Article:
Quitting Smoking For Older Adults

It doesn’t matter how old you are or how long you’ve been smoking, quitting smoking at any time improves your health. When you quit, you are likely to add years to your life, breathe more easily, have more energy, and save money. You will also:

  • Lower your risk of cancer, heart attack, stroke, and lung disease
  • Have better blood circulation
  • Improve your sense of taste and smell
  • Stop smelling like smoke
  • Set a healthy example for your children and grandchildren

Smoking shortens your life. It causes about one of every five deaths in the United States each year. Smoking makes millions of Americans sick by causing:

  • Lung disease: smoking damages your lungs and airways, sometimes causing chronic bronchitis. It can also cause emphysema, which destroys your lungs, making it very hard for you to breathe.
  • Heart disease: smoking increases your risk of heart attack and stroke.
  • Cancer: smoking can lead to cancer of the lungs, mouth, larynx (voice box), esophagus, stomach, liver, pancreas, kidneys, bladder, and cervix.
  • Respiratory problems: If you smoke, you are more likely than a nonsmoker to get the flu, pneumonia, or other infections that can interfere with your breathing.
  • Osteoporosis: if you smoke, your chance of developing osteoporosis (weak bones) is greater.
  • Eye diseases: Smoking increases the risk of eye diseases that can lead to vision loss and blindness, including cataracts and age-related macular degeneration (AMD).
  • Diabetes: Smokers are more likely to develop type 2 diabetes than nonsmokers, and smoking makes it harder to control diabetes once you have it. Diabetes is a serious disease that can lead to blindness, heart disease, nerve disease, kidney failure, and amputation.

Smoking can also make muscles tired easily, make wounds harder to heal, increase the risk of erectile dysfunction in men, and make the skin become dull and wrinkled.

Nicotine is a Drug

Nicotine is the drug in tobacco that makes cigarettes so addictive. Although some people who give up smoking have no withdrawal symptoms, many people continue to have strong cravings for cigarettes. They also may feel grumpy, hungry, or tired. Some people have headaches, feel depressed, or have problems sleeping or concentrating. These symptoms fade over time.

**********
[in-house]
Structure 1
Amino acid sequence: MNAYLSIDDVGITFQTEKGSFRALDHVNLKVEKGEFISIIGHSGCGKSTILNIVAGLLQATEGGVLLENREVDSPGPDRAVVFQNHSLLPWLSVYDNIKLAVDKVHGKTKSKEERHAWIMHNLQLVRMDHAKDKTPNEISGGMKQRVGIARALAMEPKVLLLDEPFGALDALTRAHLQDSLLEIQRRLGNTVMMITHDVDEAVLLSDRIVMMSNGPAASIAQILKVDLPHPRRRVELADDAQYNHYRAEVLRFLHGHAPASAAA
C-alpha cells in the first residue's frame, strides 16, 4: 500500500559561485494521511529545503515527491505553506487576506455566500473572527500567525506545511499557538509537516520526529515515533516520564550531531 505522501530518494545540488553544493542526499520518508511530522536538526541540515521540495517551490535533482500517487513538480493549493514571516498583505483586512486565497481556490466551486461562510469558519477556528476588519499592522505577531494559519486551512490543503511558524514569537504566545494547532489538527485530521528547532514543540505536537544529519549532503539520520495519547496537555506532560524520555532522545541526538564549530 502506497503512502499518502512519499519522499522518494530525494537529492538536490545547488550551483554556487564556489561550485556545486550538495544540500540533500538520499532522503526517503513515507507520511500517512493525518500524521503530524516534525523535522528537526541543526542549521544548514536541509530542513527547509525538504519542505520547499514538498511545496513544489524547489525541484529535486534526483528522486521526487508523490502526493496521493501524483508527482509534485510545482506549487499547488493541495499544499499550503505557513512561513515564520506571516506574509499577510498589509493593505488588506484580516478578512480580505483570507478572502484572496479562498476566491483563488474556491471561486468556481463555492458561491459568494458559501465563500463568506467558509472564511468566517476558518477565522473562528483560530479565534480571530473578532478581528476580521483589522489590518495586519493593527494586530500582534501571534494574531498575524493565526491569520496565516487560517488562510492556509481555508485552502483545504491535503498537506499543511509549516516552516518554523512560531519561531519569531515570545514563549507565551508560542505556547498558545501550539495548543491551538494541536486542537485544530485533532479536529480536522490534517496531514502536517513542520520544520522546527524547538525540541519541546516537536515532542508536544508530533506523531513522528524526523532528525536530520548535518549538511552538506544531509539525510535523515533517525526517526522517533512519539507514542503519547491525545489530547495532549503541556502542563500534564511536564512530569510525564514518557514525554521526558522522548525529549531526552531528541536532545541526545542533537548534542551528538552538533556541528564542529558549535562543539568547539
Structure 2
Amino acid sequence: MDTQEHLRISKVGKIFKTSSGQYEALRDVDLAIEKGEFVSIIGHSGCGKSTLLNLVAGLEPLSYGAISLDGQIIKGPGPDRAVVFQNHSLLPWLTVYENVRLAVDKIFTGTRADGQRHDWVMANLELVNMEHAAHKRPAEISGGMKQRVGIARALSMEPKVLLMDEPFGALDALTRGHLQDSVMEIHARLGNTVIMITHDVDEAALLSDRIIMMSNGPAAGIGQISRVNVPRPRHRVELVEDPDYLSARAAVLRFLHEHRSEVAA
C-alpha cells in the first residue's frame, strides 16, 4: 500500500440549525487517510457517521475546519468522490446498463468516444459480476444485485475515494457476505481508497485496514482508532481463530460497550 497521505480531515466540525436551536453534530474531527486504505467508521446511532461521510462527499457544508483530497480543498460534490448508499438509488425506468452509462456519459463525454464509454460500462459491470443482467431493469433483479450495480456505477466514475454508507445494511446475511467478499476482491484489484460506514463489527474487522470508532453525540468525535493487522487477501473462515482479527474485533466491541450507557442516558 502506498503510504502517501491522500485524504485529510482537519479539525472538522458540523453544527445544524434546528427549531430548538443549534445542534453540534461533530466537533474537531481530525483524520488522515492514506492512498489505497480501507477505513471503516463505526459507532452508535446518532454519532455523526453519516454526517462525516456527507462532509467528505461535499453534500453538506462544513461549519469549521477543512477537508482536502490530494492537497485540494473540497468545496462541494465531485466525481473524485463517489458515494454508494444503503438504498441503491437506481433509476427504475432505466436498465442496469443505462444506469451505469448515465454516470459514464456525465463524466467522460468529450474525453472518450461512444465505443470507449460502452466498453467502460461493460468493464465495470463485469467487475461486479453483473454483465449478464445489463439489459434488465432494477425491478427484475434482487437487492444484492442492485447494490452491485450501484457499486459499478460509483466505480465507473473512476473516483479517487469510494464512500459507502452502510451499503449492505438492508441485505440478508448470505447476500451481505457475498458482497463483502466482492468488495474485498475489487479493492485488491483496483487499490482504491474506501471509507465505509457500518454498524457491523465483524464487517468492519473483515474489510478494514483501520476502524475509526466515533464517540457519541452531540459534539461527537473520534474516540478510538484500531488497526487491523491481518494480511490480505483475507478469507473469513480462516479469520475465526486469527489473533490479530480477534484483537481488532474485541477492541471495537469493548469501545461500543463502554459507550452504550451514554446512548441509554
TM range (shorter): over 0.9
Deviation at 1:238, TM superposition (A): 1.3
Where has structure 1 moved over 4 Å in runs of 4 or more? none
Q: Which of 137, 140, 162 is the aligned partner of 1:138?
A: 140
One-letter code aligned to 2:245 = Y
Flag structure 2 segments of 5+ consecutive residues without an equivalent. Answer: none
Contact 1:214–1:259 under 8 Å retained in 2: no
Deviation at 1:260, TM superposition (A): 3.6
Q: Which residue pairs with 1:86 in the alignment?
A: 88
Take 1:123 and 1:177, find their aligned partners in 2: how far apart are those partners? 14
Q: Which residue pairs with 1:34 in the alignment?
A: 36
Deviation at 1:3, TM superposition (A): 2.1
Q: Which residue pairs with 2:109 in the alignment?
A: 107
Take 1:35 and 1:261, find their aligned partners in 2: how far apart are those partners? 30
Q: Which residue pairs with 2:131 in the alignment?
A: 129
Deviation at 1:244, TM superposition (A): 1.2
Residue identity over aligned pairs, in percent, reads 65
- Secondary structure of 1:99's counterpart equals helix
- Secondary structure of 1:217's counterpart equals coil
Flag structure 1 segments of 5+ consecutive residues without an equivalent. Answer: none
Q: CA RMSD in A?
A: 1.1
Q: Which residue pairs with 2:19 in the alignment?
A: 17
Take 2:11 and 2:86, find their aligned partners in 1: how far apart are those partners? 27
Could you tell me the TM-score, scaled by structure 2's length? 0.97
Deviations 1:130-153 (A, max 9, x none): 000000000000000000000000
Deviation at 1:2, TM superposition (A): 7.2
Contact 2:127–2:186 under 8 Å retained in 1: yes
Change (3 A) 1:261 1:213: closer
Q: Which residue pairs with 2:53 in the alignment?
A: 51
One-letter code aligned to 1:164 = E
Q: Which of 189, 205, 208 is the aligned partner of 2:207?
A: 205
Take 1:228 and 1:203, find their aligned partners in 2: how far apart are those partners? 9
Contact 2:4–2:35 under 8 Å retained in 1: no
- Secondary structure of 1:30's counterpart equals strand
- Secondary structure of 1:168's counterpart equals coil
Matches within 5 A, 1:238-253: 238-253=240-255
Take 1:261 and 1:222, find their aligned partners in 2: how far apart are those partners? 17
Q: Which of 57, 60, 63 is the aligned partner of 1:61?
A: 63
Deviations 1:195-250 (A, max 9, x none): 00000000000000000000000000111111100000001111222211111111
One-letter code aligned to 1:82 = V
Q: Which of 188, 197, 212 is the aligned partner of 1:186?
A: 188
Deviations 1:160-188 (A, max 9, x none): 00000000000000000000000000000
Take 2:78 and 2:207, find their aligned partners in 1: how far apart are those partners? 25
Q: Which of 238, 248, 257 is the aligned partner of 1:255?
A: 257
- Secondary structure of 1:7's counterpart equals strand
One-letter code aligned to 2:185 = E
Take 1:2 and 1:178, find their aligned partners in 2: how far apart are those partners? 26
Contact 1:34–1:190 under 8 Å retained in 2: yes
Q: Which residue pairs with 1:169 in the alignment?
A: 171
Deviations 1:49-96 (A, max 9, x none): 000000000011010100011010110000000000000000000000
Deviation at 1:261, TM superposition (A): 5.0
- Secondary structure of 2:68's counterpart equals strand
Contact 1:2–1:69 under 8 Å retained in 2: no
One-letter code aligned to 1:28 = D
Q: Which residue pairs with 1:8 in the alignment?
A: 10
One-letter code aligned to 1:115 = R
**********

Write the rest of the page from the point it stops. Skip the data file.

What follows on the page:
Help with Quitting

Many people say the first step to quitting smoking successfully is to firm decision to quit and pick a defined date to stop. Make a plan to deal with the situations that trigger your urge to smoke and cope with cravings. You may need to try many approaches to find what works best for you. For example, you might:

  • Talk with your doctor
  • Read self-help information
  • Go to individual or group counseling
  • Download the mobile apps or sign up for the text messaging service at SmokeFree60+
  • Ask a friend for help
  • Think of what you can do with the money you spend on cigarettes and set up a rewards system
  • Talk a walk or try a new physical activity you enjoy
  • Take medicine to help with symptoms of nicotine withdrawal

Some people worry about gaining weight if they quit. If that concerns you, make a plan to exercise and be physically active when you quit. It may distract you from your cravings and is important for healthy aging.

Breaking the Addiction

When you quit smoking, you may need support to cope with your body’s desire for nicotine. Nicotine replacement products help some smokers quit. You can buy gum, patches, or lozenges over the counter.

There are also prescription medications that may help you quit. A nicotine nasal spray or inhaler can reduce withdrawal symptoms and make it easier for you to quit smoking.

Other drugs may also help with withdrawal symptoms. Talk to your doctor about which medicines might be best for you.